Attribute: as defined in Equal Opportunity Act 2010 (Vic) discrimination is prohibited on the basis of the following attributes: age, breastfeeding, employment activity, gender identity, disability, industrial activity, lawful sexual activity, marital status, parental status or status as a carer, physical features, political belief or activity, pregnancy, race, religious belief or activity, sexual orientation, personal association (whether as a relative or otherwise) with a person who is identified by reference to any attributes.
Discrimination: as defined in the Equal Opportunity Act 2010 (Vic), Age Discrimination Act 2004 (Cth), Disability Discrimination Act 1992 (Cth), Racial Discrimination Act 1975 (Cth), Sex Discrimination Act 1984 (Cth). Generally described as the unfair or unfavourable treatment of a person because of a personal characteristic or attribute, real or imputed, including the setting of a requirement, condition or practice that is unreasonable and that people with a particular characteristic cannot meet.
Diversity: differences between individuals or groups of people in age, cultural background, disability, ethnicity, family responsibilities, gender, language, marital status, religious belief and sexual orientation; diversity may also include other ways in which people are different, such as learning, life experience, work experience and socio-economic background. Acknowledging diversity enables differences to be recognised and valued in the learning environment and in the workplace.
Equal opportunity: equal access to, and participation in, aspects of public life, including learning and employment.
Equity: the fair treatment of people on the basis of respect and merit, the recognition of disadvantage and the absence of discrimination.
Equity groups: identifiable groups of people within the community that, due to one or several personal characteristics, have been affected by systemic disadvantage with regard to access to educational or employment opportunities and have experienced less favourable outcomes in education or employment.
Harassment and Discrimination Contact Officer: a person who provides information and support to an individual who believes they may have been subjected to or accused of unlawful conduct.
Inclusive practices: practices that anticipate and accommodate the needs of a diversity of people, minimising the need for adjustments to respond to individual needs, while maintaining quality and other standards.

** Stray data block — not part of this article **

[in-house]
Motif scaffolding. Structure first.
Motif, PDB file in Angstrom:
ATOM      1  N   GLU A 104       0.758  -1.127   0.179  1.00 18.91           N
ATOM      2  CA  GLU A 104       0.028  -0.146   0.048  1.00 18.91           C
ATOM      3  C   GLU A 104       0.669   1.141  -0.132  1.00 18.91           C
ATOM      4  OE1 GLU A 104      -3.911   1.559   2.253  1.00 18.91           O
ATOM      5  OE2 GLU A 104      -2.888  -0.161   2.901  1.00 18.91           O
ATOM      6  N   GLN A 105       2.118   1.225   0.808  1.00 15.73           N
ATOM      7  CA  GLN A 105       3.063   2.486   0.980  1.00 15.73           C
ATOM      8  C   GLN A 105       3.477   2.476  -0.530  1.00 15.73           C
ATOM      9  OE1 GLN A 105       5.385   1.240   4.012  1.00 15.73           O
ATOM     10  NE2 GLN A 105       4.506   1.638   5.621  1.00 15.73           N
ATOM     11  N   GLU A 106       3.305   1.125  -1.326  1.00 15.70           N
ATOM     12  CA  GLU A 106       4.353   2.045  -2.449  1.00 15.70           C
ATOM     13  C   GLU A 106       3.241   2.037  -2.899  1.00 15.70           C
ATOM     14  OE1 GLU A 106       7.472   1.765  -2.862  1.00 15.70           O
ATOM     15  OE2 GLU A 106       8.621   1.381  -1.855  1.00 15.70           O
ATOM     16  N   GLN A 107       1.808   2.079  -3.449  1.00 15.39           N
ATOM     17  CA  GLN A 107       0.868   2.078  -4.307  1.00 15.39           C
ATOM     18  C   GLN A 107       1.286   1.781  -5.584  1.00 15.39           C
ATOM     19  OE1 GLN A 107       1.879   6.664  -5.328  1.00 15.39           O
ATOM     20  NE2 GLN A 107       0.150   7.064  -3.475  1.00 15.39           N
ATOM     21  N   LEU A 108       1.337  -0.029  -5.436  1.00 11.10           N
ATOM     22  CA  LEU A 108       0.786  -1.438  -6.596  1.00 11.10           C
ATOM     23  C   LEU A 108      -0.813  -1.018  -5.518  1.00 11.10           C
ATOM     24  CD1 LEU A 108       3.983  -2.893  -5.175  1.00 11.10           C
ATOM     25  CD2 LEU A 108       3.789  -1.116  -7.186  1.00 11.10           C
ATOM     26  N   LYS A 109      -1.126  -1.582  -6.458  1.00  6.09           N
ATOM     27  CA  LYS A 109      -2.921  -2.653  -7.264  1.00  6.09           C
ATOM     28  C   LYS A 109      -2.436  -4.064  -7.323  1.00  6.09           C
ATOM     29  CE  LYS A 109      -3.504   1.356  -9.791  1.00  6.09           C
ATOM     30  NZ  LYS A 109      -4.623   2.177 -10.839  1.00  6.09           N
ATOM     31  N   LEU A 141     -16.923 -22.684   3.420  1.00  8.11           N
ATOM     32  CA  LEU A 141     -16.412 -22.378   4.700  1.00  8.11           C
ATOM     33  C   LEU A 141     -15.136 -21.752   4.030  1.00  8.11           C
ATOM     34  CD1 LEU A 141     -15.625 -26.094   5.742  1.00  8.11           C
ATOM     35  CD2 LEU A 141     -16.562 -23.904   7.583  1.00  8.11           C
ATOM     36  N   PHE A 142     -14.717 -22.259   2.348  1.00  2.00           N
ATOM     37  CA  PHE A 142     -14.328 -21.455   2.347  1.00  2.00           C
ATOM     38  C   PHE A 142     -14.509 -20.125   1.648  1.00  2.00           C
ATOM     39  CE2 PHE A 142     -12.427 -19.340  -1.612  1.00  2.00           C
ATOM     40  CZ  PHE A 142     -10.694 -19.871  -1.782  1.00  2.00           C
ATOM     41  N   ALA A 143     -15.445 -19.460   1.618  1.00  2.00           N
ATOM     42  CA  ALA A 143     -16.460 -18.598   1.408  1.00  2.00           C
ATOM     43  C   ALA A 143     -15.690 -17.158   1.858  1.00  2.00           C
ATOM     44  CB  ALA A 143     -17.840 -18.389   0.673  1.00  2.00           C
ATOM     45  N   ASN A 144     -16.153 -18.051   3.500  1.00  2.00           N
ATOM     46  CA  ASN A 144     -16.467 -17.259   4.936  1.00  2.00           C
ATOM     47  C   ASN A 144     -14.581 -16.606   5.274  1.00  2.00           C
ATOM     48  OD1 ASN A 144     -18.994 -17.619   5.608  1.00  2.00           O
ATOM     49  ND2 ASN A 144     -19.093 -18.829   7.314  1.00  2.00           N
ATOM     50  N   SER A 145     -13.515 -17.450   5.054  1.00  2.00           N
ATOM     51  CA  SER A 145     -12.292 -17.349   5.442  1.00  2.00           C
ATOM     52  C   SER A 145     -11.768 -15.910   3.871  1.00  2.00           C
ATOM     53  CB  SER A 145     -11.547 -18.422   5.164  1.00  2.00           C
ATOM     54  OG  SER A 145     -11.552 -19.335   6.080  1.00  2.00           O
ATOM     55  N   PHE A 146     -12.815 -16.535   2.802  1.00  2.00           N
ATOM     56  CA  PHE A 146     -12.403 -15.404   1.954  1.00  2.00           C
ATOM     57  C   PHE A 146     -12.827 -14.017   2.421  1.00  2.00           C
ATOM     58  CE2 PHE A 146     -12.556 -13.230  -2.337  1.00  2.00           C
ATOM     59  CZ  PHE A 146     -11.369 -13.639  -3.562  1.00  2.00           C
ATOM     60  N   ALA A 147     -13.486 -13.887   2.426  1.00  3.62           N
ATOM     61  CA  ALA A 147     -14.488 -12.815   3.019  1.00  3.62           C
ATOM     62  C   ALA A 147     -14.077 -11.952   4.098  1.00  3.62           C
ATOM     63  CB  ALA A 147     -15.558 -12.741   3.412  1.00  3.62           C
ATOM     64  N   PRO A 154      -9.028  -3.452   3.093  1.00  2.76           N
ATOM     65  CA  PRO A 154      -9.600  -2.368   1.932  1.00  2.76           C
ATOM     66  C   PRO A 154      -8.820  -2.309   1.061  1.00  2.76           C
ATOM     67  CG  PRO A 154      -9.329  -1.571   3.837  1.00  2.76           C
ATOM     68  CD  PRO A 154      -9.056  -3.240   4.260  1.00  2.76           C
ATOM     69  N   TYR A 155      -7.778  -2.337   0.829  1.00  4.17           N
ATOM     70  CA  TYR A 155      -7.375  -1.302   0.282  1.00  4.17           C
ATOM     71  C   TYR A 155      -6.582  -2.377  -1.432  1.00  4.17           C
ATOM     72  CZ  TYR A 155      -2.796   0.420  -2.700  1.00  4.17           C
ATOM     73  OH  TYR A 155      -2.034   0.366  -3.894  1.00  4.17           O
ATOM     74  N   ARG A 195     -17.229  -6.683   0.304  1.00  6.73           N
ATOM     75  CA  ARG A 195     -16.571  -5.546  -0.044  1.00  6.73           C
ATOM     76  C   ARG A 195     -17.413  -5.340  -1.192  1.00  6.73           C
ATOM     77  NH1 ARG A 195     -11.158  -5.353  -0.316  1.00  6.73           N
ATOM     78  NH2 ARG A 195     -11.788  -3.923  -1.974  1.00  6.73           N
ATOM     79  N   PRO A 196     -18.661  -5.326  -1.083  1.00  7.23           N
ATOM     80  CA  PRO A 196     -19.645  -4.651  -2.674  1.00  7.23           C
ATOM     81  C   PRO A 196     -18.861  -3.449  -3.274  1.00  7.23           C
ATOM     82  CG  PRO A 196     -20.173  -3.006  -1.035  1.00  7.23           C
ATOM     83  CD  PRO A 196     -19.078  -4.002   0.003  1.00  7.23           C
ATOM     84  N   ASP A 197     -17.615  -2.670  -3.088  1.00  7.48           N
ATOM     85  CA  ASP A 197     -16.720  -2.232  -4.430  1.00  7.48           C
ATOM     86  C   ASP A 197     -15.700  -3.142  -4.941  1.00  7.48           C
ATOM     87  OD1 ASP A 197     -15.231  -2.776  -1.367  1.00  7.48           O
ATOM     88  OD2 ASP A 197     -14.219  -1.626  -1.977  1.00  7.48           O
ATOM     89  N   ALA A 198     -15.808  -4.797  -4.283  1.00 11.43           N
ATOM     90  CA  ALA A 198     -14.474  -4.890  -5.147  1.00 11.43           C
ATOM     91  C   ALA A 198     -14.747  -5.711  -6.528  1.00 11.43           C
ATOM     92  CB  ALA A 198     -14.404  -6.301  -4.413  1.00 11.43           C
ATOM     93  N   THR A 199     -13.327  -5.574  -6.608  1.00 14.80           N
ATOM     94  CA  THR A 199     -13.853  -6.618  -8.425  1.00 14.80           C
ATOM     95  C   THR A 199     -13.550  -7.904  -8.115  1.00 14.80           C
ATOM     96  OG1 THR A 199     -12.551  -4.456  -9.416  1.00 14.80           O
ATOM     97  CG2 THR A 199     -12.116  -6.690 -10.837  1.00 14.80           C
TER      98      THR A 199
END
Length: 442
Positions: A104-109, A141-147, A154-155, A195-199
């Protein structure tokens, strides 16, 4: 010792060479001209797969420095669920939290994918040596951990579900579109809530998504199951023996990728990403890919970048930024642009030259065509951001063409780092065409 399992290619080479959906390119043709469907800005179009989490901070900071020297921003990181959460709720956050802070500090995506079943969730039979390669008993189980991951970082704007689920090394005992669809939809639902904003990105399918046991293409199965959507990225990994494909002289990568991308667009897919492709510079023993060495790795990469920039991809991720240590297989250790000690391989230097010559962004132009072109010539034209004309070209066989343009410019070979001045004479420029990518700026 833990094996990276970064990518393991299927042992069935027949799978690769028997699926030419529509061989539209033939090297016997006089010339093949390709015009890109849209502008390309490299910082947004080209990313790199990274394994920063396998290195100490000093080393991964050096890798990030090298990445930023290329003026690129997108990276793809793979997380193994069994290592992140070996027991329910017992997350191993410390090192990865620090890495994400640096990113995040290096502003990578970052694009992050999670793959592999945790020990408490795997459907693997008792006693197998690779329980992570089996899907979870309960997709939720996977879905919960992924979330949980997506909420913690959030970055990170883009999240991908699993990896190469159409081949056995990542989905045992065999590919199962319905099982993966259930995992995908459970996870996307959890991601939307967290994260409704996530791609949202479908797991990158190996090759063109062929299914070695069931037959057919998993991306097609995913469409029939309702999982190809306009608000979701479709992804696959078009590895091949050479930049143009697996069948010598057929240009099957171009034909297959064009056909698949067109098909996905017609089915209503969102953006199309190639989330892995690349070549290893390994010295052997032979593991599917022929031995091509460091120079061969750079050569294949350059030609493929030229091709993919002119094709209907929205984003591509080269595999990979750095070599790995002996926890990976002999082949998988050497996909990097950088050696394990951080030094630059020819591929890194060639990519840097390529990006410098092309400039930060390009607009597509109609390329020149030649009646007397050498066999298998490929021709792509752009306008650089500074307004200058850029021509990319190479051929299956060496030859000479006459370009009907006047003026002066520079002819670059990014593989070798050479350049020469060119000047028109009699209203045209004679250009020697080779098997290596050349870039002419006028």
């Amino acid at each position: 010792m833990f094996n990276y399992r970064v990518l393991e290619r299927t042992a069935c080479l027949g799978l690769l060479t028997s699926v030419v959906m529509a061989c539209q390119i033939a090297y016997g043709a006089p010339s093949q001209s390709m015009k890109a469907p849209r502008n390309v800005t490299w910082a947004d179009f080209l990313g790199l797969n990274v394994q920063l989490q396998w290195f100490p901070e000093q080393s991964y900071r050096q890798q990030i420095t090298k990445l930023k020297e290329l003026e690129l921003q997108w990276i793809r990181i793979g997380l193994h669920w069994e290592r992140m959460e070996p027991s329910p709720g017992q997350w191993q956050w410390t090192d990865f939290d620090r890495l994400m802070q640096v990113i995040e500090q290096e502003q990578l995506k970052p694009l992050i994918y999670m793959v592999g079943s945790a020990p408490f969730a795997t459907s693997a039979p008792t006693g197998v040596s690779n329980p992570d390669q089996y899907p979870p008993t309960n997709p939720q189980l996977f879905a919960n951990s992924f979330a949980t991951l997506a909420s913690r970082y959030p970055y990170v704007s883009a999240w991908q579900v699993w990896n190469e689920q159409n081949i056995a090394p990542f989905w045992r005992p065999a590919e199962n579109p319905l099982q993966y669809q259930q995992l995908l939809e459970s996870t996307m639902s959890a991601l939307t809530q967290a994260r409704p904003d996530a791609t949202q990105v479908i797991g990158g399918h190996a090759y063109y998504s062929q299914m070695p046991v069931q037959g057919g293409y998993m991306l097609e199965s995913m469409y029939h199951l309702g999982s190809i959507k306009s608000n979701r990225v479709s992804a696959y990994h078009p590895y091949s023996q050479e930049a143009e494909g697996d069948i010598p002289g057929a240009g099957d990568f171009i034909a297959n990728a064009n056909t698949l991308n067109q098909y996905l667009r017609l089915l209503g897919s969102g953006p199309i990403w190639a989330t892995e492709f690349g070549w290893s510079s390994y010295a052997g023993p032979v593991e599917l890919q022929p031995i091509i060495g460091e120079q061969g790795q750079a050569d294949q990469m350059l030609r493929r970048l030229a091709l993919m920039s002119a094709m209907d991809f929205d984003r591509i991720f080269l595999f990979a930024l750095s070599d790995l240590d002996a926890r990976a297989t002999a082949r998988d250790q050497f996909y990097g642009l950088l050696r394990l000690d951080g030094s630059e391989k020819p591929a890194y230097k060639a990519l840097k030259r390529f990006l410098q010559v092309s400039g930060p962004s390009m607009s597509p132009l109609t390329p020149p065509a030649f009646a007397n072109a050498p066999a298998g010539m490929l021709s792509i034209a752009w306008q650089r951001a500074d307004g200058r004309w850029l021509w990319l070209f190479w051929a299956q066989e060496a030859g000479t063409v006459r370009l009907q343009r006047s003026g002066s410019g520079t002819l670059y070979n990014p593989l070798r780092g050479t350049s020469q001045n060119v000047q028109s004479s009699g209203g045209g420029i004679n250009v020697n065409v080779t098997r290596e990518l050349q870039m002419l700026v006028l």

Member of the University: any person within section 4(3) of the Deakin University Act 2009 and includes the Council; staff, graduates; students; emeritus professors of the University and, for the purposes of this Policy, prospective students and staff.
Natural justice: procedural fairness in decision making, including the right to a fair hearing.
Reasonable adjustment: an adjustment that balances the interests of all parties affected and does not cause the University unjustifiable hardship as defined in the Disability Discrimination Act 1992 (Cth).
Sexual harassment: as defined in the Sex Discrimination Act 1984 (Cth), a person sexually harasses another person (the person harassed) if:
in circumstances in which a reasonable person, having regard to all the circumstances, would have anticipated the possibility that the person harassed would be offended, humiliated or intimidated.
- the person makes an unwelcome sexual advance, or an unwelcome request for sexual favours, to the person harassed; or
- engages in other unwelcome conduct of a sexual nature in relation to the person harassed;
Staff: as defined in section 3 Deakin University Act 2009, any person employed by the University.
Student: means a person enrolled in, or seeking to be enrolled in one or more units of study.
Victimisation: any form of detriment directed at a person for alleging, making or participating in, supporting or resolving a complaint of discrimination, sexual harassment or victimisation; or a person associated with a person who alleges, makes or participates in, supports or resolves a complaint of discrimination, sexual harassment or victimisation.
Workplace: any place where a person attends for the purpose of carrying out any functions in relation to his or her employment. In the University context, this includes all work-related activities at all campuses as well as off-campus if the activities are directly related to a staff member’s employment.